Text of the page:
MORGANTOWN - The 35th annual Gardner Winter Music Festival blends old-time music fans from across a range of ages, abilities and addresses.
More than 600 people, from seasoned performers to people who prefer to just listen, are expected at this weekend's festival.
"It's my winter fix of old-time music," said Bill Kimmons of Charleston, who is one-third of the a cappella group Bare Bones.
The festival features nonstop concurrent stage performances, workshops and jam sessions, just the way its founder wanted.
Worley Gardner, a Monongalia County native, grew up playing guitar and fiddle, graduated to banjo and dulcimer and mandolin, and later became a caller at dances. He built dulcimers and played at the Smithsonian Institution and on CBS Radio.
"Worley wanted to do something special for musicians to break up the winter," said Bobby Taylor, a Charleston fiddler who knew Gardner most of his life.
"He said, 'Why don't we just have a big pickin' session and break up the winter blues by getting people out and having this wonderful big weekend party where we just get together and play music?' "
Taylor, a nationally certified judge of fiddle contests and library manager for the state archives in the Division of Culture and History, remembers coming to Morgantown for West Virginia University's Mountaineer Week long before Gardner started the Winter Music Festival.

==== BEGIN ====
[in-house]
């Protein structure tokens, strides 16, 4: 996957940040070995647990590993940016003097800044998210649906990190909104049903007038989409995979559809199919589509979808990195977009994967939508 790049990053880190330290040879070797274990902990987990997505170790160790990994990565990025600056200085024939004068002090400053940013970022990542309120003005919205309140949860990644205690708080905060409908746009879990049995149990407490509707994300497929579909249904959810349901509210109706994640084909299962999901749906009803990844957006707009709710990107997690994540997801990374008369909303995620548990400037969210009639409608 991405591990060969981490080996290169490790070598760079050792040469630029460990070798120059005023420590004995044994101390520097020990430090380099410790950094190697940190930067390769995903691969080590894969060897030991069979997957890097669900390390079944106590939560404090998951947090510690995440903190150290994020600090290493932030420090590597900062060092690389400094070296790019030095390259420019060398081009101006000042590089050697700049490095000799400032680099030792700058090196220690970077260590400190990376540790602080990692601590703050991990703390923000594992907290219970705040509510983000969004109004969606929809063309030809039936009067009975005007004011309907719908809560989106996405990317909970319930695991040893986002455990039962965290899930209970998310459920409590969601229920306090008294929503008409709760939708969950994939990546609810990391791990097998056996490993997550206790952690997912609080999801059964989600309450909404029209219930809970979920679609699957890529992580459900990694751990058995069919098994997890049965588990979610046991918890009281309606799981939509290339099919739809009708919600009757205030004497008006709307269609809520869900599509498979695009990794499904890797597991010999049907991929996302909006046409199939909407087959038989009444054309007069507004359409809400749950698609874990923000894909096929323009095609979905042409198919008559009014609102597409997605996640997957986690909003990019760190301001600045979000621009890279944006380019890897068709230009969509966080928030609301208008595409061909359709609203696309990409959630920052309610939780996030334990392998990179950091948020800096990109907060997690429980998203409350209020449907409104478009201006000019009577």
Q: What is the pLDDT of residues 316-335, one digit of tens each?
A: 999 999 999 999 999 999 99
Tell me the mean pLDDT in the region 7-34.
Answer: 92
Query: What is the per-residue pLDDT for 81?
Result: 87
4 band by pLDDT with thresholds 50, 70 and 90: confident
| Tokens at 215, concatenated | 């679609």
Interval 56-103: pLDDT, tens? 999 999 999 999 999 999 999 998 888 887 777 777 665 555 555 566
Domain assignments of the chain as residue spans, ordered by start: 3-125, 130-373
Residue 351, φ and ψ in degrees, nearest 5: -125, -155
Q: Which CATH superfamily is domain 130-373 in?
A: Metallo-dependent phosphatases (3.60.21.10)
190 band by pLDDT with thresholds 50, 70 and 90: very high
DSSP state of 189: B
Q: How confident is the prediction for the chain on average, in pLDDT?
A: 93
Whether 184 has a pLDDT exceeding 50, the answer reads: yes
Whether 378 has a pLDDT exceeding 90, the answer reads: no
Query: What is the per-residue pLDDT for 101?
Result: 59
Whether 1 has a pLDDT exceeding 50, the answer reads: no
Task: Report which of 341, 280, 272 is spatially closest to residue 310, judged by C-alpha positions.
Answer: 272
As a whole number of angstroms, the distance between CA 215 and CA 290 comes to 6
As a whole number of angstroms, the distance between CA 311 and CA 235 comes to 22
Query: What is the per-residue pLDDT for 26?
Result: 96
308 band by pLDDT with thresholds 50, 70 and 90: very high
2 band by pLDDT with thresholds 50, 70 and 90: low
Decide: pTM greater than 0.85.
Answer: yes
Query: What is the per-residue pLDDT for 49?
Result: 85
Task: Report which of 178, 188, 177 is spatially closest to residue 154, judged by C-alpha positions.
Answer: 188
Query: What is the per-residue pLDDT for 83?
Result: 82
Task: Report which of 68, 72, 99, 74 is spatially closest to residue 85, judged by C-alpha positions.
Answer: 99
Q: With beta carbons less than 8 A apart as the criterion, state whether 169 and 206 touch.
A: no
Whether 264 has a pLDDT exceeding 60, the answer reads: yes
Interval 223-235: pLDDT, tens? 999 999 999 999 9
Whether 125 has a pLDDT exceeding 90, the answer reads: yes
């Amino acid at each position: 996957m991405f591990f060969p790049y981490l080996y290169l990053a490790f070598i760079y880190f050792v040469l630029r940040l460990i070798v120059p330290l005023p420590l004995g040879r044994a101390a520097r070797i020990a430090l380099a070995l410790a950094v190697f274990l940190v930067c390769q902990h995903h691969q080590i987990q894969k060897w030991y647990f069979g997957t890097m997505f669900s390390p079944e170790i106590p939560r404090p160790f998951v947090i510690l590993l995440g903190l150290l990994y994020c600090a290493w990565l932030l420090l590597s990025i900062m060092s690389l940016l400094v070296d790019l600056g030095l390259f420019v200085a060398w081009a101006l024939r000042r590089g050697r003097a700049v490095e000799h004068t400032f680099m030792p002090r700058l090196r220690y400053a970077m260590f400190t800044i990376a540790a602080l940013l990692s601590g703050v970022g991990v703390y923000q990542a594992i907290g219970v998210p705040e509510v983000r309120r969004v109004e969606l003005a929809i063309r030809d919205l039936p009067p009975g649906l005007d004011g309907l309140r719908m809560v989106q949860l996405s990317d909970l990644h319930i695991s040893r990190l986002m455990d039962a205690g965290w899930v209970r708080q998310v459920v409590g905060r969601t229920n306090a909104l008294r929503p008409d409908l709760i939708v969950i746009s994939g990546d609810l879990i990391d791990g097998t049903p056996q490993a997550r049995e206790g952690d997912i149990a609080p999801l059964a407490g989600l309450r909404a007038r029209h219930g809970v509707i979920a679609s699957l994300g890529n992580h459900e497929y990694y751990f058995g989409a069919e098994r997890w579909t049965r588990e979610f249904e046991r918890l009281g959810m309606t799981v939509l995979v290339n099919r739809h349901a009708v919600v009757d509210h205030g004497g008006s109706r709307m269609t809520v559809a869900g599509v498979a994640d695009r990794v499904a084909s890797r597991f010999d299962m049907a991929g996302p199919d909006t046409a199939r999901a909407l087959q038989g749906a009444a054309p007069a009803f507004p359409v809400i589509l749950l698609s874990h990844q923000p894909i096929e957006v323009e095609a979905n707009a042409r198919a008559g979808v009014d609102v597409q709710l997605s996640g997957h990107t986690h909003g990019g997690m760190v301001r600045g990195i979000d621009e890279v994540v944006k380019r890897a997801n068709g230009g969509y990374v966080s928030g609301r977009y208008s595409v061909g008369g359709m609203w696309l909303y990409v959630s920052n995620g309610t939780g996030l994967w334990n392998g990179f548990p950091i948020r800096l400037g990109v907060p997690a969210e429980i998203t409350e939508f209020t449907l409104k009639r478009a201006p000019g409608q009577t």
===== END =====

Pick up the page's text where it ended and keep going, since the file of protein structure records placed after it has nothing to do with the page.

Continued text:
"There'd be wonderful parties up there, and Morgantown always was a little hot spot of heritage music even prior to the Gardner Music Festival, and that's why it's become a beautiful venue for Worley to start this wonderful festival," he said.
Some of the performers come from within a 300-mile radius of Morgantown. Many attend just the dance on Saturday night.
"Every time there's a festival, it's like a reunion," Kimmons said. "Most of the people all know the same tunes and love playing them and just love being together with their friends and sharing the energy that music gives you.
"It's a really good time for beginners to come or people who want to get a little bit better or be more involved," he added. "It's a lot of fun."
Kimmons has taught workshops, performed and jammed at the festival, but he's probably most recognized as emcee of the stage performances.